“We seven, very different, disparate states have to agree,” she said, adding that “Mexico has to be a full participant.”
I don't quite agree with these comments. Israel has invaded countries to get water (Syria's Golan Heights and the Sea of Galilee/Kinneret) and takes water from the West Bank that belongs to Palestinians. Arizona "shares" water with a lot of states, but its groundwater use is unsustainable (mining), its surface water comes from a stressed river, and most of that water goes to irrigation. Las Vegas? Where do I start? Let's just say that Pat Mulroy is just about the last person I'd call a diplomat (power-player is more correct), and her venture into Mexico has nothing to do with "working with neighbors" (remember they are paying $170 million for the Drop 2 reservoir on the Mexican border that's ONLY purpose is to prevent ANY excess water from accidentally making it to Mexico) and a lot more to do with regulatory arbitrage -- hoping that a little less environmental regulation will help her get a desalination plant in Mexico more easily than a US plant.

Bottom Line: Sounds like there was a lot of self-congratulation going on in Israel. I'd be happier to have the opinions of a few (involuntary) participants in these management "successes."

20 Dec 2011

Internal performance insurance markets

Here's an addition to my idea of improving utility performance by "importing" competition via insurance companies that compete to write policies:*

This insurance idea can be run inside a company with many operating locations (e.g., Veolia with water treatment plants all over the world).
  • It would treat each plant as a separate business, with a policy that might target water quality and a premium based on existing management.
  • The premium would rise or fall, depending on the inspections of outsiders (former water quality managers still working for the company).
  • All premia would go towards a fund to pay for lapses in quality. 
  • It would be important to consider the objectivity of inspectors and their premium reputations, since mistakes would be harder to overcome without some competition from another insurance company.
  • It may even be possible to allow OTHER managers to travel to "expensive" locations to recommend ways to improve operations and reduce premiums.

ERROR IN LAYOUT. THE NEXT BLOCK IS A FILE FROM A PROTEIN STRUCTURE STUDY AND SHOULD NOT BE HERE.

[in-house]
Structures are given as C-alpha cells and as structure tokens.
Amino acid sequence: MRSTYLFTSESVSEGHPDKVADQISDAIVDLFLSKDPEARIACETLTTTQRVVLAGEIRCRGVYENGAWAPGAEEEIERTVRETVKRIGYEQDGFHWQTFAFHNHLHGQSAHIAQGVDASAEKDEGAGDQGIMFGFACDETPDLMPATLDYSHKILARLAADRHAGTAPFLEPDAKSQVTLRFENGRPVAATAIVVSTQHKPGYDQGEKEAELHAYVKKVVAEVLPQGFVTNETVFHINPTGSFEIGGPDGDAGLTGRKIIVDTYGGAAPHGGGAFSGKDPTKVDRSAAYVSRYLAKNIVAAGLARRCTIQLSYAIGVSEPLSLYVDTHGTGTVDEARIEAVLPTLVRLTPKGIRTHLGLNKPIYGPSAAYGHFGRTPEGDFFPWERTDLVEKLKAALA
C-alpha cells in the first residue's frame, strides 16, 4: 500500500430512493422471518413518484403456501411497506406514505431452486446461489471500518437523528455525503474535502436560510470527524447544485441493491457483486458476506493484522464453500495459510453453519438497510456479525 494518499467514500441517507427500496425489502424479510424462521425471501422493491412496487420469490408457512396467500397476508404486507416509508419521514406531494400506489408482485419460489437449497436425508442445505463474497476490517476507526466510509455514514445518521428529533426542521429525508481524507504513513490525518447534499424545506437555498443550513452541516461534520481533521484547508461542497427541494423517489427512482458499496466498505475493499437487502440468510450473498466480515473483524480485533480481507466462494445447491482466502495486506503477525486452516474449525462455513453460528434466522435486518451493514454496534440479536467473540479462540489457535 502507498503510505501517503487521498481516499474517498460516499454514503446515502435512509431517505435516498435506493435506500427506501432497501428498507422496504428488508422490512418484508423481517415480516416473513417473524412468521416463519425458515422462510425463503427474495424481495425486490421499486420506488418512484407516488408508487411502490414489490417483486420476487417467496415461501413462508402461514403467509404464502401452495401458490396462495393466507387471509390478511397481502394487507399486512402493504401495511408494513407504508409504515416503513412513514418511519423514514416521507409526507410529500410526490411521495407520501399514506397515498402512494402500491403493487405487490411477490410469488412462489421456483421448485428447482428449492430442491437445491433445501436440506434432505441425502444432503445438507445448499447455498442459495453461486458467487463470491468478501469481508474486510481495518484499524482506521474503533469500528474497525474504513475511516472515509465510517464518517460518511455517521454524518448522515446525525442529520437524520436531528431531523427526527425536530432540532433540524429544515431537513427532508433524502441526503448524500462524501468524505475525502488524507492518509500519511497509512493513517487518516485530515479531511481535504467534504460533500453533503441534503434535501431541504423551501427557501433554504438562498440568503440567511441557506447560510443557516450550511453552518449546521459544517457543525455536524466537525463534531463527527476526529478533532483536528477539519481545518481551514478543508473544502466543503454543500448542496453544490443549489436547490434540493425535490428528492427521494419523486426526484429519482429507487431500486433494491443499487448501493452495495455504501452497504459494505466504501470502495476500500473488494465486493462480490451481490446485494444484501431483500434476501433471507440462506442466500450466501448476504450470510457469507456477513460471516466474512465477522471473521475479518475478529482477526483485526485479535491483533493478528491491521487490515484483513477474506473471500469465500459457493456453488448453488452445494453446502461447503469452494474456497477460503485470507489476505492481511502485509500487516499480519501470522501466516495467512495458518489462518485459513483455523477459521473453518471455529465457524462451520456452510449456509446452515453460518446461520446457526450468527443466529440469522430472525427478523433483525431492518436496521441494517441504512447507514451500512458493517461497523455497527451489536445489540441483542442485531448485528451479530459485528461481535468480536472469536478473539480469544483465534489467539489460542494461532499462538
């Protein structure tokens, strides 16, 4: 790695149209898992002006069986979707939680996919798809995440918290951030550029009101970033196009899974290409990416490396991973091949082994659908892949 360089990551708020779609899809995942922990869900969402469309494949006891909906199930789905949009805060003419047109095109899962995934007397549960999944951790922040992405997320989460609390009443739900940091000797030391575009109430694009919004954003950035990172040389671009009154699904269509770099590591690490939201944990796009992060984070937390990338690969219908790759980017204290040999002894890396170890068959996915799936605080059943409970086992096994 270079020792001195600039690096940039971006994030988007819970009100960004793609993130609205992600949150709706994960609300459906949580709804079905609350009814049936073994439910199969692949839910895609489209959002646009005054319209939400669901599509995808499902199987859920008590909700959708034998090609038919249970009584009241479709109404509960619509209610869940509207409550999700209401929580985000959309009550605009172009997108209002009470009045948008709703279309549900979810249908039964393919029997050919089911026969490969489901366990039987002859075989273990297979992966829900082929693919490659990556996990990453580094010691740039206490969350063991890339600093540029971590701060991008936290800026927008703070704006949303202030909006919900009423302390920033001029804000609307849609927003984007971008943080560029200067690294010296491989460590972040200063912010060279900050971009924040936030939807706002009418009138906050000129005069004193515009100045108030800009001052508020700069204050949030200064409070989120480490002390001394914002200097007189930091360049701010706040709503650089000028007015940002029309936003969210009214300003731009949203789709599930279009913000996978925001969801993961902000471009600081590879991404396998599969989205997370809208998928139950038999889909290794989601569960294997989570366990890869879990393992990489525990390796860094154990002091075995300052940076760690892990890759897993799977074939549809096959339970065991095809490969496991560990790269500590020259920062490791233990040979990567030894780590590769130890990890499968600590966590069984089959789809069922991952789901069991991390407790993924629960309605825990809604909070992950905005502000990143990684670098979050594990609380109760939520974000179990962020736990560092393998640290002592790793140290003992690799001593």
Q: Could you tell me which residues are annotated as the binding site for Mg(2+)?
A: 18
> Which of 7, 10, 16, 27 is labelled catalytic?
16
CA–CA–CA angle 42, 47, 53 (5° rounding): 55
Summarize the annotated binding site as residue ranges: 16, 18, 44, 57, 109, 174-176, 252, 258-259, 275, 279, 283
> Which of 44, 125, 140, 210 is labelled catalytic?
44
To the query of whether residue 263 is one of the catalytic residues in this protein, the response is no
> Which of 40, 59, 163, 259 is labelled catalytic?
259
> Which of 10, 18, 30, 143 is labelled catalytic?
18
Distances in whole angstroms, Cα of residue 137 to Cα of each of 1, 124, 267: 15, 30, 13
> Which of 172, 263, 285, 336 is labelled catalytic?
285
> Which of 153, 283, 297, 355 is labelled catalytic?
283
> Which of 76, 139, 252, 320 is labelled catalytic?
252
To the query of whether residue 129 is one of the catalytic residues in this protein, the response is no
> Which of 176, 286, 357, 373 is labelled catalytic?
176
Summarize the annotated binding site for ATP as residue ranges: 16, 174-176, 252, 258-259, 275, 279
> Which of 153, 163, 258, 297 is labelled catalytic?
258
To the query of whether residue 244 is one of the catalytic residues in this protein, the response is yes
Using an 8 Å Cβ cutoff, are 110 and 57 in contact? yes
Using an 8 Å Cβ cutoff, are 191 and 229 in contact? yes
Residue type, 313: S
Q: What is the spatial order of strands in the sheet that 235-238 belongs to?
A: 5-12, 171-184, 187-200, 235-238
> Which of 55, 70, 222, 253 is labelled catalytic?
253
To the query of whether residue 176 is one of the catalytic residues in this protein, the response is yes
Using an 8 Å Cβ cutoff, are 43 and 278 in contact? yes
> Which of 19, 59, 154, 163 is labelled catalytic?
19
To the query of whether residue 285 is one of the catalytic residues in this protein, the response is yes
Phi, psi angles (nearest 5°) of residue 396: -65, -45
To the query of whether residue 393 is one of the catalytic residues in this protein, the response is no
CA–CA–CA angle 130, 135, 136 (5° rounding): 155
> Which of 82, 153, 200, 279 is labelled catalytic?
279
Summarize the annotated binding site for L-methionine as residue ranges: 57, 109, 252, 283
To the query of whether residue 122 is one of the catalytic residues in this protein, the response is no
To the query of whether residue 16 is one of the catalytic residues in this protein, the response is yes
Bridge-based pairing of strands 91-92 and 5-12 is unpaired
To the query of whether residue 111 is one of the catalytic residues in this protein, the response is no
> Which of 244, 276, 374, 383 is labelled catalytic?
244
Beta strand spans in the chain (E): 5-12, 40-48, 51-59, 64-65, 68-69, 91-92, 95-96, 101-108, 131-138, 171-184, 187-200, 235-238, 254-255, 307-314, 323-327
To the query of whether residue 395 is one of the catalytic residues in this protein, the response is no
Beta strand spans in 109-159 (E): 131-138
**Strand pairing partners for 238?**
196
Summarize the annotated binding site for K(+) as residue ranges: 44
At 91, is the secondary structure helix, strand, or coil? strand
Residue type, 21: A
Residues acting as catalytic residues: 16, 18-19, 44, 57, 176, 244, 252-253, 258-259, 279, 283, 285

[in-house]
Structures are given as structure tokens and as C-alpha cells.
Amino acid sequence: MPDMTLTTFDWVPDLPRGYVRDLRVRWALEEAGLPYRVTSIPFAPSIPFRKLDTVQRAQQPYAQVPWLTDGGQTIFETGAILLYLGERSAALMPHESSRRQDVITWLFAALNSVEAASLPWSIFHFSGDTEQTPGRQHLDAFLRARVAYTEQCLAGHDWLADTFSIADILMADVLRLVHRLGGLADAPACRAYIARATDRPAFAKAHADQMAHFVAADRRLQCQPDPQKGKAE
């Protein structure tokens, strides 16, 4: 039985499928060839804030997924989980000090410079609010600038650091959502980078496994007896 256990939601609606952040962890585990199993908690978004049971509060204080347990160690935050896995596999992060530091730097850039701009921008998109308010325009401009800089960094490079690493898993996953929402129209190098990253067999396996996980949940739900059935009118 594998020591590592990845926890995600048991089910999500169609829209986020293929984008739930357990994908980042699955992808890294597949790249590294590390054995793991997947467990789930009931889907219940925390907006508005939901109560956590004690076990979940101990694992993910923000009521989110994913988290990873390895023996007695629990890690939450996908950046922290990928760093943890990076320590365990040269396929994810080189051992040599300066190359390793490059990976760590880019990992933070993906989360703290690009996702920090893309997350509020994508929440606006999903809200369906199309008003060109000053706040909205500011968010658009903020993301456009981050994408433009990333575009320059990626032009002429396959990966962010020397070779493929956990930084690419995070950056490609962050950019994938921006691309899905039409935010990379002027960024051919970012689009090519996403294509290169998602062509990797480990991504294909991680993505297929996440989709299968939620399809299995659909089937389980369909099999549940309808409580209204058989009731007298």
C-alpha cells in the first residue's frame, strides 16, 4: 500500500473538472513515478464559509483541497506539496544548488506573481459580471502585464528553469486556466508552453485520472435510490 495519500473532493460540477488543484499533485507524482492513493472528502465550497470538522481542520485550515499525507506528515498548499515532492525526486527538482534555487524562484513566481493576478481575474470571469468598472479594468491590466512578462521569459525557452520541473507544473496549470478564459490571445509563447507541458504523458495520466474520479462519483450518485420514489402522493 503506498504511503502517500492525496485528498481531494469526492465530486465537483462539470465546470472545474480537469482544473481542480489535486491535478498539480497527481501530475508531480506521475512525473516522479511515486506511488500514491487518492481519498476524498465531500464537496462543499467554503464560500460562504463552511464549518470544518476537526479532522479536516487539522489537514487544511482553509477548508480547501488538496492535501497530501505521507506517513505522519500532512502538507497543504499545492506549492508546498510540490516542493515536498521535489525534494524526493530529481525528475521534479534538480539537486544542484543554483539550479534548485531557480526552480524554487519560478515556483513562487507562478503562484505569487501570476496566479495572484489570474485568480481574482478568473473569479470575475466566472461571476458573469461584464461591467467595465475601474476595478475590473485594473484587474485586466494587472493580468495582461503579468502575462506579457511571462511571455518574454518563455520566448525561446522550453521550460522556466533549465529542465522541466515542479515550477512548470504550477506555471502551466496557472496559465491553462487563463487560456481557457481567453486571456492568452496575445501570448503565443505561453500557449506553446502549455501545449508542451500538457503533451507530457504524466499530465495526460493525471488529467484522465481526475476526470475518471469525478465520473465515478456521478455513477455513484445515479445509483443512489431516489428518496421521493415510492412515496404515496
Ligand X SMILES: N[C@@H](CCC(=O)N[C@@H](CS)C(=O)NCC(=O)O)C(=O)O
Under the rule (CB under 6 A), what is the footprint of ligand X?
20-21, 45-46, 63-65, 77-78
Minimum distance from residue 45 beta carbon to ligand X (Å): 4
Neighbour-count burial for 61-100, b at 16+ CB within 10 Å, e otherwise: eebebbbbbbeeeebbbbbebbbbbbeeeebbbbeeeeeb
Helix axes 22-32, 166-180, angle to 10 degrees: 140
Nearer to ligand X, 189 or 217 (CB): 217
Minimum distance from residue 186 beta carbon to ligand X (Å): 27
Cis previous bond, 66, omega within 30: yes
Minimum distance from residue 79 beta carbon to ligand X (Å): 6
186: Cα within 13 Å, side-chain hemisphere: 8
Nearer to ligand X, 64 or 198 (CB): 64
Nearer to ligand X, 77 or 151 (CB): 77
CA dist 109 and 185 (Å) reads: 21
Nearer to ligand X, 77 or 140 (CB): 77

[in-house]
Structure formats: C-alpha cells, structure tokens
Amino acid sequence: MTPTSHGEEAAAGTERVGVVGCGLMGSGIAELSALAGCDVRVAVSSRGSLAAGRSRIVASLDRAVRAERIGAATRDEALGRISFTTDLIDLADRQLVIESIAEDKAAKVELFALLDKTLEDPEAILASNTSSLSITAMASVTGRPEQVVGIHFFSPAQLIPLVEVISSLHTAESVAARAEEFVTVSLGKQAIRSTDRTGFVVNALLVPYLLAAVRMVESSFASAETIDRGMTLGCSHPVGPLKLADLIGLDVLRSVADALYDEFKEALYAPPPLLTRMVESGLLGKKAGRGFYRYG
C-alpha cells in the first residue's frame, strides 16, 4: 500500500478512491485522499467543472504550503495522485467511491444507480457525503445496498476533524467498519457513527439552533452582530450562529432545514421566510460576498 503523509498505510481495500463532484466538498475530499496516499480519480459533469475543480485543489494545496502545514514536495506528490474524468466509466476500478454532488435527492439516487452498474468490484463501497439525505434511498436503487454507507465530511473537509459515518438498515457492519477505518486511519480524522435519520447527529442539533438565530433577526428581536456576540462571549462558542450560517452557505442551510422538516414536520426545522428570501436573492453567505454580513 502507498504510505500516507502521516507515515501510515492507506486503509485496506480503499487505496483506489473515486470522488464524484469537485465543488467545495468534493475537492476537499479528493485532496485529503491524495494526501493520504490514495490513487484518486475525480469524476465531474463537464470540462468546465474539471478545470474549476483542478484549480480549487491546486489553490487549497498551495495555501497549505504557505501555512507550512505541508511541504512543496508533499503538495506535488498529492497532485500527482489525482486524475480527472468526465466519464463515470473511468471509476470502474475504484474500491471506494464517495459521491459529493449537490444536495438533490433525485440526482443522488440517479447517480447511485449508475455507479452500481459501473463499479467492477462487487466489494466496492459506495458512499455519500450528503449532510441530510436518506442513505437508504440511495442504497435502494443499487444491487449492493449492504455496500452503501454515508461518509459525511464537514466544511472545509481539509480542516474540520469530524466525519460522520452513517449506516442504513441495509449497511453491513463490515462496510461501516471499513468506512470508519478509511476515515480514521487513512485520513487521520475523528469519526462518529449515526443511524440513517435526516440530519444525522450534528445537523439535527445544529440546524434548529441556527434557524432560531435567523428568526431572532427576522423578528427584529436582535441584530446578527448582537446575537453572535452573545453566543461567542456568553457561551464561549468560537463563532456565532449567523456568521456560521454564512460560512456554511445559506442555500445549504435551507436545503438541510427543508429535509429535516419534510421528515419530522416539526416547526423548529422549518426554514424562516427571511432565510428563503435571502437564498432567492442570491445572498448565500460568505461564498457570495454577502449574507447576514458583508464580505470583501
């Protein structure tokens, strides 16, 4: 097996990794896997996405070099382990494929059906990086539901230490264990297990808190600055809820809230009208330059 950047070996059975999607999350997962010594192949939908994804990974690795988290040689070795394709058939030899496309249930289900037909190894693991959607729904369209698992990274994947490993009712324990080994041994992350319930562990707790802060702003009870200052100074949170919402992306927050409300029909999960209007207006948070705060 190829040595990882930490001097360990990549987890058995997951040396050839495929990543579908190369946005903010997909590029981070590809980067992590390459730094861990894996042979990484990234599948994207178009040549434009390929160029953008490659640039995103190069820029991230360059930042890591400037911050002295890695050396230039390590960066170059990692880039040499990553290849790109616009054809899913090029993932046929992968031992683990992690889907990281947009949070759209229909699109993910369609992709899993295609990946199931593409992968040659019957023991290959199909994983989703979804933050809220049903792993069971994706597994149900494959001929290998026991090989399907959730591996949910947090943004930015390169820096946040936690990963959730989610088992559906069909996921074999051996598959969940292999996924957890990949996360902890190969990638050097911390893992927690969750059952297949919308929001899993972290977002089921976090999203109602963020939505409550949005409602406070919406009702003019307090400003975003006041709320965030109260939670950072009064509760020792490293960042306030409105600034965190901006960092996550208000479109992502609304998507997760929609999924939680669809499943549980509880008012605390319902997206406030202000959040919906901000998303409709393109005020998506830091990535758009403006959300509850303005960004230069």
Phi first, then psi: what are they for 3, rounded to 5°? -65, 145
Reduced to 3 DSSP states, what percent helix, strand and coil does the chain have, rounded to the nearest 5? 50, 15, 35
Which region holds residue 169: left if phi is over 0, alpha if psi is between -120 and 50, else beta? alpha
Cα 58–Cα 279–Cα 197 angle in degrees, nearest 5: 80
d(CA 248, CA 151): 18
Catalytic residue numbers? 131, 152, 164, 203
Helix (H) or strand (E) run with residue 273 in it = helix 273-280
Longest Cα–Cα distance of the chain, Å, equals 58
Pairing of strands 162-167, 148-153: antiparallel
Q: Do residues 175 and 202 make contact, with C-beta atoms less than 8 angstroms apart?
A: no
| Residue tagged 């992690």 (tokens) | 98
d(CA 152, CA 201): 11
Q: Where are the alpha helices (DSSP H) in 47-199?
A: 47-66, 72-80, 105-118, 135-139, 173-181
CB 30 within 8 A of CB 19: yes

• The complications of these overlapping roles are only possible if a company has enough staff and locations to keep them busy year-round. (These people already work on these problems, so it's a transformation of their work structure.)
This system would create higher-powered incentives that may improve performance over the current system of "informal" inspections and guarantees from the center to various divisions.

Bottom Line: Companies can use internal markets to improve their performance.

* They compete to offer low premiums on policies (to cover loss of service, poor quality, etc.) to water utilities but still need premiums to be high enough so they can stay in business. The resulting rate to customers (tariff + premium) reveals the overall quality of water management.

19 Dec 2011

Monday funnies

This 2008 video (via MG) is funny, yet painfully true:

Paying for floods

RM sent me this article discussing the release of new FEMA flood maps that will show some areas to be under a greater threat of floods.

The responses to this sensible, scientific exercise -- and the resulting changes in flood insurance policies -- are funny (sad):
Rice grower Tara Brocker, who lives and farms south of Nicolaus at the confluence of the Sacramento and Feather rivers, said the floodplain restrictions will likely convert agricultural communities like hers into ghost towns.
Yes, that's because it's not a good idea to live in a place that's likely to be underwater.
"For a lot of farmers, they might have financing on their operation and when they get remapped, their lender will say, 'You are in an A zone now; you have to purchase flood insurance.' This can increase one's insurance costs four to six times," Gallagher said.
Yes, because the objective measure of your risk went UP. That's how insurance works.
"We believe most people will agree that agriculture makes sense as the best use for floodplains," said Elisa Noble, director of livestock, public lands and natural resources for the California Farm Bureau Federation. "However, agricultural and rural communities need to be compensated somehow for bearing this increased risk."